How to run your own ad-hoc PXE boot server

Note: This is part of the documentation how to build your own bootable CD. a bootable USB stick, or a PXE boot server. If you came here by accident, please read that page first.

An ad-hoc PXE boot server

As I explained in the main doccument, the ability to run a PXE boot server is an important tool in your toolbox. Running a PXEboot server is relatively straightforward to set up if you control both the dhcp and a tftp server on your network. This is very often not the case. If not, this becomes a bit more involved. However, you can turn your laptop or another dedicated machine into a standalone boot server with a bit of effort. Let me explain.

I sidestep all the complications of running a PXE environment on the general network by making a point-to-point network connection between my laptop and the machine to be booted, and set up my laptop as the boot server. My laptop is typically connected on the wireless network at work, which means that the wired ethernet port (or, if you don't have one, a USB-Ethernet adapter) is available for the point-to-point connection. That means:

In particular the first point is important. You should make double sure that you are not conflicting with your organization's dhcp server. If you do, you might be losing friends really fast.

How this is accomplished varies from distribution to distribution, so check the documentation. As an example, here is how it is done on my laptop running Gentoo.

In /etc/conf.d/dhcpd there is a section

# Configure which interface or interfaces to for dhcpd to listen on.
# List all interfaces space separated. If this is not specified then
# we listen on all interfaces.

I then bring up my eth0 interface with a private address (I arbitrarily chose and configure the DHCP server to hand out addresses to (which is overkill, since we need only one address). Here is my dhcpd.conf file. Note the "filename" and "next-server" options, which specify the boot file and where to get it from:

# cat /etc/dhcp/dhcpd.conf

subnet netmask {
        default-lease-time 3600;
        max-lease-time 4800;
        option subnet-mask;
        filename "PXE/pxelinux.0";

I configure my tftp server to only listen on that eth0 interface. Here is the configuration for my laptop (again, highly distribution-specific):

$ cat /etc/conf.d/in.tftpd 

# Path to serve files from

INTFTPD_OPTS=" -4 --address -l -v -R 4096:32767 -s ${INTFTPD_PATH}"

This makes the tftp server listen only on the IPv4 address given, started in standalone mode (not under xinetd control), with the specified port range. This is good enough for our server which needs to be up only as long as the other machine takes to boot.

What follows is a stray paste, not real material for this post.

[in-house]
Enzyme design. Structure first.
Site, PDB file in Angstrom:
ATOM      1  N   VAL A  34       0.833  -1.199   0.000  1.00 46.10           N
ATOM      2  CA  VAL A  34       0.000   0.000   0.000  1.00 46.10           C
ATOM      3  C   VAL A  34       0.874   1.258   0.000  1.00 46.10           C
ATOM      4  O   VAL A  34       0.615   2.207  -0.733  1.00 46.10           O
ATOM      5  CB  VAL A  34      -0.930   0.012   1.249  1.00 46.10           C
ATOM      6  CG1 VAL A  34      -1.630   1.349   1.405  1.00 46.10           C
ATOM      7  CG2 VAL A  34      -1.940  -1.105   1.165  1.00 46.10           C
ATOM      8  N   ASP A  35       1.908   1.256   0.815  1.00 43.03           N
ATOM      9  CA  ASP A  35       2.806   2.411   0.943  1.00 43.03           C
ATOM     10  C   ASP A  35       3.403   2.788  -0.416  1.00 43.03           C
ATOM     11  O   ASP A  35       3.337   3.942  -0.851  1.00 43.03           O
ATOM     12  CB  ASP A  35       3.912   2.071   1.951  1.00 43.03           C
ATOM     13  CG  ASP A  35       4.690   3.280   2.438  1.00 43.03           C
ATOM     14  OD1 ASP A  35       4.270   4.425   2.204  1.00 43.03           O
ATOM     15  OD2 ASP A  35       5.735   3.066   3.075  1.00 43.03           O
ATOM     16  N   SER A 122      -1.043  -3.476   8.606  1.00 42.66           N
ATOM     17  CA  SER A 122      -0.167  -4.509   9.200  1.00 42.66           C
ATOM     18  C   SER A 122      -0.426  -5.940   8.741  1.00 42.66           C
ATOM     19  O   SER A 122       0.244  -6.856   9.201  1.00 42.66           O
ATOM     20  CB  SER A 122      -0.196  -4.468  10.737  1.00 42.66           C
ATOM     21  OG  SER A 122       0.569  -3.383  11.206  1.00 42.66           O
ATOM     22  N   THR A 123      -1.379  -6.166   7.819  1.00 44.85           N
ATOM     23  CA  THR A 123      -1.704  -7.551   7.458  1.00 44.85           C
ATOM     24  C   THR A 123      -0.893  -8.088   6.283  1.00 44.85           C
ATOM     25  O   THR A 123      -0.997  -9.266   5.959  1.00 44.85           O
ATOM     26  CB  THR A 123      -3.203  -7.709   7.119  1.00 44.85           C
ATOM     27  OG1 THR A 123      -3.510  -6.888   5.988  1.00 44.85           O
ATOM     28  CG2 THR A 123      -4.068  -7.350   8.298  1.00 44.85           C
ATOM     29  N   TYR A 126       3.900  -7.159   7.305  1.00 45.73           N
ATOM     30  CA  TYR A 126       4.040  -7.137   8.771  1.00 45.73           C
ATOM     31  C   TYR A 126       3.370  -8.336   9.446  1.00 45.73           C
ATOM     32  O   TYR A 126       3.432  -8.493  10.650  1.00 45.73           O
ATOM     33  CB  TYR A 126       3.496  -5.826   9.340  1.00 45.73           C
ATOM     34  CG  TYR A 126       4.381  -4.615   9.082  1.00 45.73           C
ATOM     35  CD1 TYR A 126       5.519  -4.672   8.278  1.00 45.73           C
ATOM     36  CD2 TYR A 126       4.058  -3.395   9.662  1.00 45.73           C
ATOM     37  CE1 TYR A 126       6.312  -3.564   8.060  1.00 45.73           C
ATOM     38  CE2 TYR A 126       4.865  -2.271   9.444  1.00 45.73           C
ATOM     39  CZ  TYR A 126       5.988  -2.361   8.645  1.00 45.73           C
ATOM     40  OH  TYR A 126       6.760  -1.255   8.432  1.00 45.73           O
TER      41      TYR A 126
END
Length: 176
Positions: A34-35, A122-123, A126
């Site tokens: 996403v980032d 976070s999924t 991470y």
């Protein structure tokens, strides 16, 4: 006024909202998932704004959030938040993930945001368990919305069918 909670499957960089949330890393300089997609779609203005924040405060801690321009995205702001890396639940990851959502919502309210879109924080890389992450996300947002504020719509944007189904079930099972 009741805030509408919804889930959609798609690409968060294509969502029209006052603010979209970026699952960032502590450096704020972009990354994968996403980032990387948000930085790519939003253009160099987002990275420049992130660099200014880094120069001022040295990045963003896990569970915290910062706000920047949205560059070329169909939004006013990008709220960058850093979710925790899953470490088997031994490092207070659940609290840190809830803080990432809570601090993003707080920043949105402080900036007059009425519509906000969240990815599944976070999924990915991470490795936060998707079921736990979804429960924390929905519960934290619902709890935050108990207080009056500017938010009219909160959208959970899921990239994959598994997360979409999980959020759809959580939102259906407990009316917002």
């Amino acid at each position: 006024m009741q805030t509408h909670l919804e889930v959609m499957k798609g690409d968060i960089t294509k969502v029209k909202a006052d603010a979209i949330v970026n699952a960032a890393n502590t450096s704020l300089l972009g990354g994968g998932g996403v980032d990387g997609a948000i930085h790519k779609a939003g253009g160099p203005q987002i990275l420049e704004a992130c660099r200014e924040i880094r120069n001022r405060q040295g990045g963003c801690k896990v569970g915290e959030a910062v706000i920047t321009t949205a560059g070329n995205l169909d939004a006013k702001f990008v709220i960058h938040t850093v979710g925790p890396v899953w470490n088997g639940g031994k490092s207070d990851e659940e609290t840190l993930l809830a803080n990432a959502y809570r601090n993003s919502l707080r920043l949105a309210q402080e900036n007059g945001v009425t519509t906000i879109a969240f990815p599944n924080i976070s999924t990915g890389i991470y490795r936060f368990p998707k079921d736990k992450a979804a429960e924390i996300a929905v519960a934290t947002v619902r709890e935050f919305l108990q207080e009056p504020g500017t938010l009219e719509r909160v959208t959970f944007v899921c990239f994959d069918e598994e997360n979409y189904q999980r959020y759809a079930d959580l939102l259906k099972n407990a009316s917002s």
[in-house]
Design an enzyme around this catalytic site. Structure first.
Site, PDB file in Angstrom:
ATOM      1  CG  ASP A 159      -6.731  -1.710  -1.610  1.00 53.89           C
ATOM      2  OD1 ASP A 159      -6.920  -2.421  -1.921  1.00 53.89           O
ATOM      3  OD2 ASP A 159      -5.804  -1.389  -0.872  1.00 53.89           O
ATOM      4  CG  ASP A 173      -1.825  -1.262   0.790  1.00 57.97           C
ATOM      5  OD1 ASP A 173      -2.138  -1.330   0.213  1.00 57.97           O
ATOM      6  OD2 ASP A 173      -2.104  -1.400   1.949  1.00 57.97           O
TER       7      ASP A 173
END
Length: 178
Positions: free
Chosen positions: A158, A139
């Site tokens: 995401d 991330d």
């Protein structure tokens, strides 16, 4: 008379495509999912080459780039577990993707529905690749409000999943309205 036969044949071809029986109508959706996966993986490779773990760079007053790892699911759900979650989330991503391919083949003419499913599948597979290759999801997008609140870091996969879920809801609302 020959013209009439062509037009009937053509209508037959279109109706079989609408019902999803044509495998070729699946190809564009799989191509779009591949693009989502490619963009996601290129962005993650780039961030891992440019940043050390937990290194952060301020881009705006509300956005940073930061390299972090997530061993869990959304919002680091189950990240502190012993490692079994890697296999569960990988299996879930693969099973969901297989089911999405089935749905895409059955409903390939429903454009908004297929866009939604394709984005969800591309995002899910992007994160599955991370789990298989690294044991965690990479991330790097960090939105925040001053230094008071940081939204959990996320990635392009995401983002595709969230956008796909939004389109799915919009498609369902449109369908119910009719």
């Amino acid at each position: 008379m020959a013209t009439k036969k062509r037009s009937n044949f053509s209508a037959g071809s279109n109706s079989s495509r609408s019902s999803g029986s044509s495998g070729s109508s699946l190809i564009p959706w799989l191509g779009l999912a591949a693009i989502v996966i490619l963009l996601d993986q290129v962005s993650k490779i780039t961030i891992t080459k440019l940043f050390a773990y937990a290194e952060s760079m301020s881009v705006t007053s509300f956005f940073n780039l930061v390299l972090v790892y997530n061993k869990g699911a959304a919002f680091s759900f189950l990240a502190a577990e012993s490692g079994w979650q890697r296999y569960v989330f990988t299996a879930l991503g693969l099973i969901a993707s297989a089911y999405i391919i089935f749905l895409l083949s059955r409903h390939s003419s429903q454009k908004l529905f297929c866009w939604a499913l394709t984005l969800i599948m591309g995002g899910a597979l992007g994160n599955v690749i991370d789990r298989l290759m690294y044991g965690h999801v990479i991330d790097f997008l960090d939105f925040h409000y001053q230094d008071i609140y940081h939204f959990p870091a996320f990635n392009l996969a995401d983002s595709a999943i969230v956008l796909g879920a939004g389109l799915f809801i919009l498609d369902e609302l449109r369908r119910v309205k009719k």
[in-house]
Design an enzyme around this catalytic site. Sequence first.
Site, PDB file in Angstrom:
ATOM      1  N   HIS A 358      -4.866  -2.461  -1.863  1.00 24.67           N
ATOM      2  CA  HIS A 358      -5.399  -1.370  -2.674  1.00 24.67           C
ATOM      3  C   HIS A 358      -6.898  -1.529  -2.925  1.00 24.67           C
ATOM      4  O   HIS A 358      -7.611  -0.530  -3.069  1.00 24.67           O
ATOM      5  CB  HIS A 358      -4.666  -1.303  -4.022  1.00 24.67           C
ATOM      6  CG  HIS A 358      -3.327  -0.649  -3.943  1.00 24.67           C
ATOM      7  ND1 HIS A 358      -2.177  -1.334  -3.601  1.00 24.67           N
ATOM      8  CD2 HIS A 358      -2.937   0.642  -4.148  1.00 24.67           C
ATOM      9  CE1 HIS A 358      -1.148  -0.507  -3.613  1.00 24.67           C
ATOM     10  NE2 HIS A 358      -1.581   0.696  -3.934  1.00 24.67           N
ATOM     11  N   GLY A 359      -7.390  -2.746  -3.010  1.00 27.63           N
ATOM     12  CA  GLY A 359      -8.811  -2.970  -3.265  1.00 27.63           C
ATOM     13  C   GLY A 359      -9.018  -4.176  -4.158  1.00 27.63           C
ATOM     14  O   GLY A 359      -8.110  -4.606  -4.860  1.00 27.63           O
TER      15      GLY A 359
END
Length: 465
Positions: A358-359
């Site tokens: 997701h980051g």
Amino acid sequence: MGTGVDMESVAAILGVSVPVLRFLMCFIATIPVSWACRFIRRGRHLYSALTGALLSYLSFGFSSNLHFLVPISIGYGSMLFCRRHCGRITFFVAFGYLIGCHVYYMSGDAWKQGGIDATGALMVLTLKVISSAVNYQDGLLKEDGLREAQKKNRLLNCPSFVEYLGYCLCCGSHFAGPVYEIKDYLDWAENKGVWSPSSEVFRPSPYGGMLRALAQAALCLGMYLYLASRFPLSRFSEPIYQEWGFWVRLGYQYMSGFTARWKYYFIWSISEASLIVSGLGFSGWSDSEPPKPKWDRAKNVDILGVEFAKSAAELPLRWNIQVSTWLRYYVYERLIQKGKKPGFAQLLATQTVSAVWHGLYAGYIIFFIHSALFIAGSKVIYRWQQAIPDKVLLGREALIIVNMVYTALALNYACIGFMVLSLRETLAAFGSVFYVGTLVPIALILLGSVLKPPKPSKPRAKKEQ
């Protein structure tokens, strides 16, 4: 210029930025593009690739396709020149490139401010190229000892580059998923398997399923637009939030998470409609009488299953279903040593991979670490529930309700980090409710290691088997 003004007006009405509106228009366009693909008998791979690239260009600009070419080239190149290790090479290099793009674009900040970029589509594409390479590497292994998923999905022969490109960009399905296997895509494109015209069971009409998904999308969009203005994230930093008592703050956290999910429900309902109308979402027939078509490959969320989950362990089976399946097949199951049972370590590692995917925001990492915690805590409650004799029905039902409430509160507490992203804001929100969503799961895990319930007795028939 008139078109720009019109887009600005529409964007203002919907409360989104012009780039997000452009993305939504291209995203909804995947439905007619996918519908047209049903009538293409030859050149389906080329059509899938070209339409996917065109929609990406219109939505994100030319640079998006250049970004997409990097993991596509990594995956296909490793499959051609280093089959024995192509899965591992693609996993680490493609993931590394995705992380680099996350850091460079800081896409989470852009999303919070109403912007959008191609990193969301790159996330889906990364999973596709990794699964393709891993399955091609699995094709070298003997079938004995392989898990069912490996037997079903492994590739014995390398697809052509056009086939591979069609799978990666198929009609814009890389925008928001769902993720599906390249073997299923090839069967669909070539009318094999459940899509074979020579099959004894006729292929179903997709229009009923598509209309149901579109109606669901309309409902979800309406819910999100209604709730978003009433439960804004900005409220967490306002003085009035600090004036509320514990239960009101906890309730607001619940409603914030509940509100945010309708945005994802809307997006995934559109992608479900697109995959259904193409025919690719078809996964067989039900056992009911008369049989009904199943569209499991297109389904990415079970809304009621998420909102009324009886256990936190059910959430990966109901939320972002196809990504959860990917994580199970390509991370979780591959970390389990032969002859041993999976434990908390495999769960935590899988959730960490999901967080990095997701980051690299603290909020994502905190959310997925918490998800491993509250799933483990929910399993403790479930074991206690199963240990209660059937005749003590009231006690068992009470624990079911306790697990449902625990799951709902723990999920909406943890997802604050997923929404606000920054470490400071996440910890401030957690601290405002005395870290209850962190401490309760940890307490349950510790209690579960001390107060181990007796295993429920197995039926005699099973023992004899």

So if a host is set up to boot through PXE, it will obtain an address, and load the "PXE/pxelinux.0" file from the "next server" (that's us). All of the following is relative to our tftp area, which is, by default, /tftpboot, and then relative to the location of the pxelinux.0 file, that is, relative to that "PXE" directory.

In there, we find

$ ls -l  /tftpboot/PXE
total 96828
-rw-r--r-- 1 root root      787 Mar 31 19:58 boot.msg
-rw-r--r-- 1 root root    26579 Mar 31 19:58 pxelinux.0
drwxr-xr-x 2 root root        8 Mar 31 19:58 pxelinux.cfg
-rw-r--r-- 1 root root 49646485 Mar 31 19:58 sdisk32.img
-rw-r--r-- 1 root root 44860071 Mar 31 19:58 sdisk64.img
-rw-r--r-- 1 root root  2234240 Mar 31 19:58 vm32
-rw-r--r-- 1 root root  2370656 Mar 31 19:58 vm64

pxelinux.0 is the PXE bootloader, and pxelinux.cfg is the configuration directory. You can use this to tailor exactly which machines can use our PXE boot mechanism, but since there is only one in our case, we just have a "default" configuration file, which poses no restrictions. It is a straight copy of the isolinux.cfg file which governs the boot from the CD.

Since in most cases your tftp server will be different from the machine on which you build the boot images, the "PXE" target (make PXE) will give you a tftp_area.tar.gz tarball, which you can transfer to your server and unpack in your tftp area. It will give you the exact directory structure as shown above.

In order to streamline setting up the boot server on demand, I have made a simple script, which is highly distribution-specific, but might help you devise a similar setup. Just executing the script by itself starts the services, and calling it with any parameter, such as "stop", will stop them again. Along the way, I set the private network up to be masqueraded, so the booting machine has a chance to reach out to the general internet. (In the dhcpd configuration file I make no attempt to communicate a name server to the booted machine; in the few cases where I need this, I can set it by hand).

#! /bin/sh 

if [ -z $1 ] ; then

    echo "starting network..."
    ifconfig eth0 up

    echo "starting tftp..."
    /etc/init.d/in.tftpd start

    echo "starting dhcpd..."
    /etc/init.d/dhcpd  start

    iptables -I INPUT -s -j ACCEPT
    iptables -t nat -A POSTROUTING -o wlan0  -j MASQUERADE
    echo 1 >   /proc/sys/net/ipv4/ip_forward 


echo "stopping tftp..."
/etc/init.d/in.tftpd stop

echo "stopping dhcpd..."
/etc/init.d/dhcpd  stop

echo "stopping network..."
ifconfig eth0 down

iptables -D INPUT -s -j ACCEPT
iptables -t nat -D POSTROUTING -o wlan0  -j MASQUERADE
echo 0 >   /proc/sys/net/ipv4/ip_forward